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Prime Minister Of Uganda | Nduggu Dr. Ruhakana Rugunda In a Boston Meet and Greet Session!

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Posted May 29, 2015 by Ugandan Diaspora News Team in Prime Minister's Visit - OPM ~ 15,193 views

     

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By Ronnie Mayanja — The Prime Minister of Uganda, Hon. Dr. Ruhakana Rugunda, made a stop in Boston Tuesday, May 26th after attending the Bamasaba and Twegaite community conventions in Washington, DC and Minneapolis. The town-hall meeting held at the Boston Marriott Newton Hotel kicked off at around 7pm with a number of speeches. Mr. Wanda from New York introduced the Ugandan Ambassador who in turn introduced The Prime Minister of Uganda.

Prime Minister Rugunda (or Nduggu as he is commonly known) was quick to engage his audience,and his speech consisted of four main points:

Uganda is Now Peaceful.

Nduggu Rugunda reminded his audience of Uganda’s turbulent past and how Kony is now defeated and Northern Uganda largely peaceful. He was also quick to point to the defeat of Allied Democratic Front(ADF) a rebel outfit that had operated in the Rwenzori Mountains and the recent arrest of their leader, Jamil Mukulu, who was nabbed in Tanzania and now awaits extradition to Uganda to face trial.

He reminded those present not to take this peace for granted, citing the ongoing conflict in South Sudan with cities like Malakal changing hands several times in a conflict that has paralyzed the country and bankrupted the nation’s resources and oil infrastructure.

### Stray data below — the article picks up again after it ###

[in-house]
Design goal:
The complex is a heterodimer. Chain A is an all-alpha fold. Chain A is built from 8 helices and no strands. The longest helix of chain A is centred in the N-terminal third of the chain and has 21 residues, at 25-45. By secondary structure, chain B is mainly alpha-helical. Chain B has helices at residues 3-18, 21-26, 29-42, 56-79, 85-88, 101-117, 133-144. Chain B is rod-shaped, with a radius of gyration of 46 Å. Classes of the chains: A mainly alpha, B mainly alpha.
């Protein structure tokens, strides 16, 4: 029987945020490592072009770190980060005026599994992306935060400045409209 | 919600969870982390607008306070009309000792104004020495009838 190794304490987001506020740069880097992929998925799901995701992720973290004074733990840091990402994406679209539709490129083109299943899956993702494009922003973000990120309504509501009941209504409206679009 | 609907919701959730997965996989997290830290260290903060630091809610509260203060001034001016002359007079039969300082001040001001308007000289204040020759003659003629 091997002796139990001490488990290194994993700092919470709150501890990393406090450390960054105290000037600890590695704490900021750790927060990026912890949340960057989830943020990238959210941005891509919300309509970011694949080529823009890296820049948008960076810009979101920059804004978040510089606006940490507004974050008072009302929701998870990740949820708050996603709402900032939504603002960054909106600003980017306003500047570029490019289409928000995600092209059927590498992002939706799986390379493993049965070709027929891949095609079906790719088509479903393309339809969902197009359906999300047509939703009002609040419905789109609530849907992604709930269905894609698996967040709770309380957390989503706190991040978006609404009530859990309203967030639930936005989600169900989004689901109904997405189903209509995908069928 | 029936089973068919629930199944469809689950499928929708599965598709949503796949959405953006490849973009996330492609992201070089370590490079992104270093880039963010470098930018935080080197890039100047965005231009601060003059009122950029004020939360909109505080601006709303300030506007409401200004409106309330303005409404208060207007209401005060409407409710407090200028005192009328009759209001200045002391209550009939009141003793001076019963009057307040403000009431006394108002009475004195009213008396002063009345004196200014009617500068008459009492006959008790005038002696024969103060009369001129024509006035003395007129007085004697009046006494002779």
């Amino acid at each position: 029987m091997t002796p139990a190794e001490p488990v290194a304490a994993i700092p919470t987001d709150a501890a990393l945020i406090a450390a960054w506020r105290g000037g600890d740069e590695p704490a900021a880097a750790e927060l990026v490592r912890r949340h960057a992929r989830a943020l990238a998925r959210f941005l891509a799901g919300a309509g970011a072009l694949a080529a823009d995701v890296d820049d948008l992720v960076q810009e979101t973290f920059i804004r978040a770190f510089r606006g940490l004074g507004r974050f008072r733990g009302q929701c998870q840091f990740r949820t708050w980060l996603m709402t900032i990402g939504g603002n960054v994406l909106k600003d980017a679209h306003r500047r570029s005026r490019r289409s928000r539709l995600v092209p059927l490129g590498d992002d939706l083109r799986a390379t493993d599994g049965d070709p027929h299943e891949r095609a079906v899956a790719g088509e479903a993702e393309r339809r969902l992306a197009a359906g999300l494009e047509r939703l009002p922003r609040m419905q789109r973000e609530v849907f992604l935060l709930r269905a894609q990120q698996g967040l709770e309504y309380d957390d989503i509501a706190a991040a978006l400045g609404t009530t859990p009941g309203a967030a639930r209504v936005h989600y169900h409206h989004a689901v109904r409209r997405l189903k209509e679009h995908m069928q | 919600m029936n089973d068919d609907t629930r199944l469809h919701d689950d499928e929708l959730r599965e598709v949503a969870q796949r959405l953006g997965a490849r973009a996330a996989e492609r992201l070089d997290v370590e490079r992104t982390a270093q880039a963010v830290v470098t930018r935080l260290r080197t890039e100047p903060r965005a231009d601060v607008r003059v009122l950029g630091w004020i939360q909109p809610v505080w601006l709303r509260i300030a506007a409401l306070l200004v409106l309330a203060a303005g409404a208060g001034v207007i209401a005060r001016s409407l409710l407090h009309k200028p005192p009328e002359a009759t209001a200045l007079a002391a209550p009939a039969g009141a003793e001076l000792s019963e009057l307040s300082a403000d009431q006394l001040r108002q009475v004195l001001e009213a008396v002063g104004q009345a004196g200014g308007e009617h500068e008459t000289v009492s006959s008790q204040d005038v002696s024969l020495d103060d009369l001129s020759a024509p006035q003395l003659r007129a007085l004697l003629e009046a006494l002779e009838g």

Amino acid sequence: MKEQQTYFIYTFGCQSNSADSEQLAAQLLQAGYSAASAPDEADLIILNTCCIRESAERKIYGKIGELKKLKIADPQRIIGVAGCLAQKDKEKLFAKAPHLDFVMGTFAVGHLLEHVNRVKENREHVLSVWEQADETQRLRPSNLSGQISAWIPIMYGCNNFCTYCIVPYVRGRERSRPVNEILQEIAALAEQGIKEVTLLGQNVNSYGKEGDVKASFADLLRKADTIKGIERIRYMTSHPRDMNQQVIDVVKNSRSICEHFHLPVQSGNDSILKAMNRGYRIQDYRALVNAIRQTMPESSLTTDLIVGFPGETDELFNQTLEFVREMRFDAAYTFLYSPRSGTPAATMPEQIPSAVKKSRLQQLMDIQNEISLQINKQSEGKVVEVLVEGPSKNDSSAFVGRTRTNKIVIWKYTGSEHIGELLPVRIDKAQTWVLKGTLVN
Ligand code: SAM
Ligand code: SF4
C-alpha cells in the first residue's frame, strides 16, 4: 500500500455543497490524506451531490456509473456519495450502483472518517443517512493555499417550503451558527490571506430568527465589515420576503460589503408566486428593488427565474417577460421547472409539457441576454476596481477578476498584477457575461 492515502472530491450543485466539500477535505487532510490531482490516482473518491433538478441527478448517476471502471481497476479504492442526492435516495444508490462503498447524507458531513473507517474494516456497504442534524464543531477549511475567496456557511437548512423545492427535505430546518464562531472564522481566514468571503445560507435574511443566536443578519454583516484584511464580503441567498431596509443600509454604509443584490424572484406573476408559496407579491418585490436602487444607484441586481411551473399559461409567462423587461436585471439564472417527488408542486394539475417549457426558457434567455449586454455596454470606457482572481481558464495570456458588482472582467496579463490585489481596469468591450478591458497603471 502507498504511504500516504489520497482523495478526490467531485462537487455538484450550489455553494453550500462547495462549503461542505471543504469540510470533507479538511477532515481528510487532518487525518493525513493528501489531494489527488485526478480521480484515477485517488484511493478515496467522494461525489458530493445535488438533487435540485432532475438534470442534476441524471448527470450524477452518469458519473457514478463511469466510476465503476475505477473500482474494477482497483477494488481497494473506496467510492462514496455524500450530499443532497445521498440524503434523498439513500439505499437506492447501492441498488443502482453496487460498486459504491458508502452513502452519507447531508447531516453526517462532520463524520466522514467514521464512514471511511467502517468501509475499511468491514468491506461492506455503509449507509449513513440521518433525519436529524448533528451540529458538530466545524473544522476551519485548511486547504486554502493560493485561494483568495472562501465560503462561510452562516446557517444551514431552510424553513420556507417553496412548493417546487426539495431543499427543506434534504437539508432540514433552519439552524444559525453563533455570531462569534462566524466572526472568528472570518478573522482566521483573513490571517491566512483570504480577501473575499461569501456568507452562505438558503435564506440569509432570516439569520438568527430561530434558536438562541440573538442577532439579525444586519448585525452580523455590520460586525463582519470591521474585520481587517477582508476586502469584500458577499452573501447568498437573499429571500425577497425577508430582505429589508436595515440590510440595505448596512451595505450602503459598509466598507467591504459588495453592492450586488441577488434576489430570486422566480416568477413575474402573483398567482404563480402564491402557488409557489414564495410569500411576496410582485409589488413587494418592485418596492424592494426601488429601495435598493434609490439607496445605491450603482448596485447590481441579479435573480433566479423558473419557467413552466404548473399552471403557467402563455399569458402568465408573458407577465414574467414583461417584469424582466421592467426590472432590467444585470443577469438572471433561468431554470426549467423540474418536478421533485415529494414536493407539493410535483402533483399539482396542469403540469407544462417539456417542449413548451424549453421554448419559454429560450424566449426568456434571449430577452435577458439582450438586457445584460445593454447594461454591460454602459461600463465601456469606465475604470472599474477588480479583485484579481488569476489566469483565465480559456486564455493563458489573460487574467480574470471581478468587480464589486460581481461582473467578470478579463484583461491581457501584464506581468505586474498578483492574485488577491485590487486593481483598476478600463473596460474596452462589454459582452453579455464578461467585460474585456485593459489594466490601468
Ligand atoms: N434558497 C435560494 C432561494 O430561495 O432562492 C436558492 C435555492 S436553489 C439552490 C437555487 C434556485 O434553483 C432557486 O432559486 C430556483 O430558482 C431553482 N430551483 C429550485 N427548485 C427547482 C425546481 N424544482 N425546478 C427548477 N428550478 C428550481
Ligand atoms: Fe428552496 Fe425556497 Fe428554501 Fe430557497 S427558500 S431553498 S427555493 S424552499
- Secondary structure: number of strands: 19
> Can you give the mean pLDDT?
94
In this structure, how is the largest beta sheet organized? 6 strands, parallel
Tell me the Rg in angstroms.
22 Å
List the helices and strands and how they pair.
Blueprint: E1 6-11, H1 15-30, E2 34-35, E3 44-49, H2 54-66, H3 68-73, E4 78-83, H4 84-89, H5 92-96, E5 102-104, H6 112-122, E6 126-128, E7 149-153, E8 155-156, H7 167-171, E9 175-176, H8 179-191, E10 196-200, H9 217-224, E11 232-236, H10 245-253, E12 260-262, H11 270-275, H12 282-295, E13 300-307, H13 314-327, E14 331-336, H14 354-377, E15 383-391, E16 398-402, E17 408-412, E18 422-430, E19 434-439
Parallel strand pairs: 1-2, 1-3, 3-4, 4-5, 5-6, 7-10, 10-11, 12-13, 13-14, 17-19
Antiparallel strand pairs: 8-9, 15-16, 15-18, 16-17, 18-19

On Somalia he was happy to report that this nation is now at peace, in part due to the ongoing sacrifice of the Uganda People’s Defense Forces.(UPDF)  which have neutralized Al Shabaab, flushing them out of Mogadishu and the surrounding towns.

He then went on to assure those present that Uganda is peaceful, stable and making progress.

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Development of Infrastructure.

Nduggu Rugunda outlined the infrastructure improvements taking place in Uganda today. He mentioned that the Government of Uganda was focused on the construction of feeder roads to cover the entire country with the Uganda National Roads Authority (UNRA) established to that end. Areas considered  inaccessible with longer travel times in the past are now easily within reach.

Following the discovery of Oil and Gas he shared government plans to construct an International Airport in Hoima to open up the region for trade and investment.  He reminded the gathering that in 1986 less than 40% of the national budget was funded by foreign aid but today that number stands at more than 80% government funded a sign of progress.